I am proud that, tonight, the City Commission of the City of St. Augustine will honor civil rights hero James Jackson, whose heroism is profiled in Washington Post, with a photo by Peter Willott, acclaimed St. Augustine Record photographer.
Our current Sheriff's office still displays blatant falsehoods about Sheriff LAWRENCE O. DAVIS on its website. It falsely claims DAVIS was "exonerated" by Florida State Senate, which voted 44-2 to remove him. It contains false praise for DAVIS. It does not mention. federal court orders finding him in contempt, noting his employment of KKK deputies and attendance at KKK rallies, where James Jackson and three other Black men were nearly killed, until a whistleblower called the Sheriff's Department..
Like his predecessor, SHERIFF ROBERT HARDWICK refuses to discuss the Sheriff's website lies, which I have raised since the anniversary of Dr. King's "I have a dream" speech on August 28, 2013.
Like other St. Johns County Republicans, Sheriff ROBERT HARDWICK gets votes from KKK and white supremacists -- just like his corrupt predecessor, DAVID SHOAR, who legally changed his name from "HOAR" in. 1994.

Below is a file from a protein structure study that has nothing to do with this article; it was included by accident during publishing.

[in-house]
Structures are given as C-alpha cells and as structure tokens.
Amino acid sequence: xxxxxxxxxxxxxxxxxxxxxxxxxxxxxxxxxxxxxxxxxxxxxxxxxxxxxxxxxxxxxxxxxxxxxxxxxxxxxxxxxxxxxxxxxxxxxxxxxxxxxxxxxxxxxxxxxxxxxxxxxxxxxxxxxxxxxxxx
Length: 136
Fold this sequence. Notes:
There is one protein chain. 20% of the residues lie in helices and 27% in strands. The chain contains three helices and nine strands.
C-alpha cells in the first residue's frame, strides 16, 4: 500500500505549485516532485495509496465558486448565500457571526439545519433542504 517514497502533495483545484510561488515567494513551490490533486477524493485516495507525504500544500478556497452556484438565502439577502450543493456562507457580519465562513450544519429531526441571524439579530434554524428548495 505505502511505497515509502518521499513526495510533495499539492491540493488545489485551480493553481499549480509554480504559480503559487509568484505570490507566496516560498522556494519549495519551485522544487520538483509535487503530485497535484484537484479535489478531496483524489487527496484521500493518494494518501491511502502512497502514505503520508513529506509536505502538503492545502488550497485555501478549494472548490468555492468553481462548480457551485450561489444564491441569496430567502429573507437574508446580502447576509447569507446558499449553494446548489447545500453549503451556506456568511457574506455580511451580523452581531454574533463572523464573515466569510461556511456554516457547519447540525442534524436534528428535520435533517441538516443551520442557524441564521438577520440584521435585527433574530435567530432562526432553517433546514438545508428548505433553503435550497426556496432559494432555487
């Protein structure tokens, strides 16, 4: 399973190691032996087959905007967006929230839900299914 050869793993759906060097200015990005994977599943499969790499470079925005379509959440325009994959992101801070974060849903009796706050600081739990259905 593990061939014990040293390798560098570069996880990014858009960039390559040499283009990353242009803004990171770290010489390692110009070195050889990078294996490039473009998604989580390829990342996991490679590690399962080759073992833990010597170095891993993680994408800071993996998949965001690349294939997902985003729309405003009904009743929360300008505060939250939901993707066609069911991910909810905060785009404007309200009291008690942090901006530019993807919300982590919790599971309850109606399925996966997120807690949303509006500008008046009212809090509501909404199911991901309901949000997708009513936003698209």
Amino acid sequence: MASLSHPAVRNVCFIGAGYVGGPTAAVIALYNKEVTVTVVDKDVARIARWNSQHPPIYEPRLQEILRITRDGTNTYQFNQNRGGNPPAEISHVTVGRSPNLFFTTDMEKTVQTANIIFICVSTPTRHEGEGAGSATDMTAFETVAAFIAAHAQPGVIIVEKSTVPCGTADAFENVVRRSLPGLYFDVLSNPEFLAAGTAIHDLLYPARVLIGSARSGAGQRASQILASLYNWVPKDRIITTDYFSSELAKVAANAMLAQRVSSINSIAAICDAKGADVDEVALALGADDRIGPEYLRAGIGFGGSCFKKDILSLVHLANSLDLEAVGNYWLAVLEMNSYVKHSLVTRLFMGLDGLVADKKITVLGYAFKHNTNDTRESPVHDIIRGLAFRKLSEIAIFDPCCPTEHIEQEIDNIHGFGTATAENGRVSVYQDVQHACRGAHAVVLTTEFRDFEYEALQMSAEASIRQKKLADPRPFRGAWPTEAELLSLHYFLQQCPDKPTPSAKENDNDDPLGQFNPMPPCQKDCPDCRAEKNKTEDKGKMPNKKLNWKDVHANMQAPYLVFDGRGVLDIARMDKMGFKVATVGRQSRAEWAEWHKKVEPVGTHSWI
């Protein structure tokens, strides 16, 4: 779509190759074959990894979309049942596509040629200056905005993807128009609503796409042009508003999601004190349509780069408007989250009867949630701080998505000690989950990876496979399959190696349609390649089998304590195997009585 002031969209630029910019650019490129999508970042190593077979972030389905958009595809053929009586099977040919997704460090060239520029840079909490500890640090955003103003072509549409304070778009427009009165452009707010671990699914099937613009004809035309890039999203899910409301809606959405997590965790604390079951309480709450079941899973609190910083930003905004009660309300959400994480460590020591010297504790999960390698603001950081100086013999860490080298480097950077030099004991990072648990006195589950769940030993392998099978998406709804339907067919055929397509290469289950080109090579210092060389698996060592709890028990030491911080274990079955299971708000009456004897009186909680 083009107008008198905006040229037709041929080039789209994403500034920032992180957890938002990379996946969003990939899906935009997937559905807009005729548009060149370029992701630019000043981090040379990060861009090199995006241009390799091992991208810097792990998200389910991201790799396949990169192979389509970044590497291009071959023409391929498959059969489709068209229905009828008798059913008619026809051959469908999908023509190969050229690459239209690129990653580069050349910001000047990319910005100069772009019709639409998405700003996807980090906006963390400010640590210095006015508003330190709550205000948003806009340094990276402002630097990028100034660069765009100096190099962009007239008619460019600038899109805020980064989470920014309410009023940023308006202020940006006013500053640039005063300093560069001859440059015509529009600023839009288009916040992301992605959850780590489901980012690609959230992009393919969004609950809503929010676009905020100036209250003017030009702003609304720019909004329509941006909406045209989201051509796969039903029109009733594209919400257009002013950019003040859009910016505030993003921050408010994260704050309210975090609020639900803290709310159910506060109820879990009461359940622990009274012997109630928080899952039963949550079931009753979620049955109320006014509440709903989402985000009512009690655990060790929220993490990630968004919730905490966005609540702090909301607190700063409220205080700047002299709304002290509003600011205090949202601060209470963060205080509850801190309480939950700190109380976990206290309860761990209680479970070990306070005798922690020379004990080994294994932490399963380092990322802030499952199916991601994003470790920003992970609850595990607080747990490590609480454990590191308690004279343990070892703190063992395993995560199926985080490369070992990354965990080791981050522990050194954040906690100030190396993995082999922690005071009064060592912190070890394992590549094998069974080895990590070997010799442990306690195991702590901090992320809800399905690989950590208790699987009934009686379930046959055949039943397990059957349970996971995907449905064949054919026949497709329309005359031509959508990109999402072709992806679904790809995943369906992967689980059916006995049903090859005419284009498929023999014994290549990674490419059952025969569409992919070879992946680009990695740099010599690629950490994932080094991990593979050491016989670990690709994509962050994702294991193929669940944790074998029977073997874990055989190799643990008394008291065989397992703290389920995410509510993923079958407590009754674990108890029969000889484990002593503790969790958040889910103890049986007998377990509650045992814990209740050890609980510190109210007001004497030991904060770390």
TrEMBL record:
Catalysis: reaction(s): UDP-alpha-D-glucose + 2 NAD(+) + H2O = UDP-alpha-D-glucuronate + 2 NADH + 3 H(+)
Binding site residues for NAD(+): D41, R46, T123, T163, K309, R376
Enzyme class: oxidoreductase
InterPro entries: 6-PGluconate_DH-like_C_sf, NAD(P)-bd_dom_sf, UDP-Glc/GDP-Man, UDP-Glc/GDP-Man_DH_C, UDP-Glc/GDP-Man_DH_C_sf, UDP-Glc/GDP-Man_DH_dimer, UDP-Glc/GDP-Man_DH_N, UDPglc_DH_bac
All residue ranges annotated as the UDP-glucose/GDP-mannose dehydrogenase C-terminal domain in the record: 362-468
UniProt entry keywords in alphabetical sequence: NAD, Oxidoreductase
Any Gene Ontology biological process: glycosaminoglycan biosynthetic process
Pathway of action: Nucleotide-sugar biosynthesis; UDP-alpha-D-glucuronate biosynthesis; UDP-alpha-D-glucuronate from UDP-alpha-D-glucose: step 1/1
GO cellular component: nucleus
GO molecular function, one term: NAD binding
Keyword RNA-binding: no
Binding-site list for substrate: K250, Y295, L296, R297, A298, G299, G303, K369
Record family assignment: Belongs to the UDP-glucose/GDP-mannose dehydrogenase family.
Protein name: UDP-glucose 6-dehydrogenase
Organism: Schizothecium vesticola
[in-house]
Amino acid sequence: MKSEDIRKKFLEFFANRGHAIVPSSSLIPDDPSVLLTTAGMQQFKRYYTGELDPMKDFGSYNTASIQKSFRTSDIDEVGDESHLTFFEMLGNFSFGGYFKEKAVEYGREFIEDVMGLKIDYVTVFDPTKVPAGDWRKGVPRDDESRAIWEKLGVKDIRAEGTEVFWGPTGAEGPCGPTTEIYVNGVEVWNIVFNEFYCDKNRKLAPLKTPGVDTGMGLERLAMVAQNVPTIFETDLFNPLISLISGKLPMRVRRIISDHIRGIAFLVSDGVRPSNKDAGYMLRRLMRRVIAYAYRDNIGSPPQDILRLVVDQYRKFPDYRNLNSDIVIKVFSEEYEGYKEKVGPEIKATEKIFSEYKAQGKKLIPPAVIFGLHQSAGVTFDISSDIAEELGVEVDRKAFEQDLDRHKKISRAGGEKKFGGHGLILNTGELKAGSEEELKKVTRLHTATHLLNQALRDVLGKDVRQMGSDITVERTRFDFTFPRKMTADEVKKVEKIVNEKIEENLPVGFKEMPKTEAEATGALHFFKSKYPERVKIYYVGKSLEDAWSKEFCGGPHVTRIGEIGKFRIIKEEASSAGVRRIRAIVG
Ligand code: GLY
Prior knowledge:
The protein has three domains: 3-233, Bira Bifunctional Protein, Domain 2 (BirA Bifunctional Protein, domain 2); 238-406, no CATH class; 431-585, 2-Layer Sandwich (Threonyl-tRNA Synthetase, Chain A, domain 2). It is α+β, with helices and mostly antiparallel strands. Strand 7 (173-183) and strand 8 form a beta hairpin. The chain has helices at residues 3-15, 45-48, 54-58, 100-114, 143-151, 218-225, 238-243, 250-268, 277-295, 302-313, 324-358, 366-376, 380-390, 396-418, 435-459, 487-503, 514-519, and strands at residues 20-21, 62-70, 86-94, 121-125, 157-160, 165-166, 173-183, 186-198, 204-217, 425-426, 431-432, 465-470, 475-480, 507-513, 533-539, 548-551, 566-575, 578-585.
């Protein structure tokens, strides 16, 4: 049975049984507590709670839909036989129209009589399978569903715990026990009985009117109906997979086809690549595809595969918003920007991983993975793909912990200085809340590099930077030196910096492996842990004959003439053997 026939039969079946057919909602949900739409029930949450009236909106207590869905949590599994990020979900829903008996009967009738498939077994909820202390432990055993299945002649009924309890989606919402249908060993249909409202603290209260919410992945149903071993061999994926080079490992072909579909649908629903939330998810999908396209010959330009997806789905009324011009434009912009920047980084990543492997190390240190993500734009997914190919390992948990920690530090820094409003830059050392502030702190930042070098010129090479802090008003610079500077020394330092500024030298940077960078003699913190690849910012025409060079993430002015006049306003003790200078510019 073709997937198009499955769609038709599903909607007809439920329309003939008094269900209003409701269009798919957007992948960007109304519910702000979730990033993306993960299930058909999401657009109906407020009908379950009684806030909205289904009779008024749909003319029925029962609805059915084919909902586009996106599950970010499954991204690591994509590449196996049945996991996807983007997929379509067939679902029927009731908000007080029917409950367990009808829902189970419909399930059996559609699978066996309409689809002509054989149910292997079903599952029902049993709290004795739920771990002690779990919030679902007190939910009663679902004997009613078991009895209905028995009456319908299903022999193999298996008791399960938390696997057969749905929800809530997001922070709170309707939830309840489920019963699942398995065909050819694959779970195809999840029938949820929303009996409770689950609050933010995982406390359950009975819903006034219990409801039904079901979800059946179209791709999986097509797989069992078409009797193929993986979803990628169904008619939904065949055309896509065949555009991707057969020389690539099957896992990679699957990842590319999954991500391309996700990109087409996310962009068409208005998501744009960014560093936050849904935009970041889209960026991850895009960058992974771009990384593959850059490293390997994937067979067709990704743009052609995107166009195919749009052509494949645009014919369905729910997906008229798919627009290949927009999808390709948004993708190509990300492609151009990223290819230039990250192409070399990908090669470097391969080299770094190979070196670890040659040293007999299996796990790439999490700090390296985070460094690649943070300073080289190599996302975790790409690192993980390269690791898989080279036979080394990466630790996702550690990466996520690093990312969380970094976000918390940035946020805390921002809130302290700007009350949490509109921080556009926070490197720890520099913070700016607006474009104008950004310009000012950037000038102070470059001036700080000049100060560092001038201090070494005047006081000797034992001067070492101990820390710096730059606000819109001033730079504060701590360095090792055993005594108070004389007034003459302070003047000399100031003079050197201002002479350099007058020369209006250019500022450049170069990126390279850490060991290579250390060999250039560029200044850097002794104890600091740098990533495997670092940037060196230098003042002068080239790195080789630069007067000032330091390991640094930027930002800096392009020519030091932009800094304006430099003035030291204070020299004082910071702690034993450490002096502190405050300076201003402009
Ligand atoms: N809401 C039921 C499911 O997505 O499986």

Until Sheriff ROB HARDWICK's website tells the truth about segregation, St. Augustine and corrupt Sheriff LAWRENCE O. DAVIS, who believes a word the Sheriff ever says?
From The Washington Post:
Beaten by the Klan in 1963, a Black man just spoke to the White pastor who helped rescue him
Young folks in St. Augustine caught the fire, Jackson among them. He was a wiry, spirited 18-year-old. He and his friends picketed downtown businesses that summer. Outraged, the city’s segregationist leaders applied all kinds of pressure to silence the kids.
The Black girl who defied segregation, inspiring MLK and Jackie RobinsonMaybe it was his downward gaze that allowed Jackson to see the scrap of paper scrabbling by in the wind. Picking it up, he unfurled it and stared in disbelief. It was a handbill advertising a Ku Klux Klan rally that night, just south of town in a clearing in the woods behind the Southgate Bowling Lanes off U.S. Route 1. “All white people” were welcome.
He sees the armada of tour buses circling the Plaza. Some of the tour guides refer to the Slave Market; others avoid the term, opting to describe it as “the very first place in all the United States ever to use a standard weights and measurement system.”
Beside the Slave Market now stands a modest sculpture celebrating heroes of local civil rights. The Confederate monument is no longer there; in the summer of 2020, after 10 hours of contentious public comment, city commissioners voted 3-2 to remove it from the Plaza.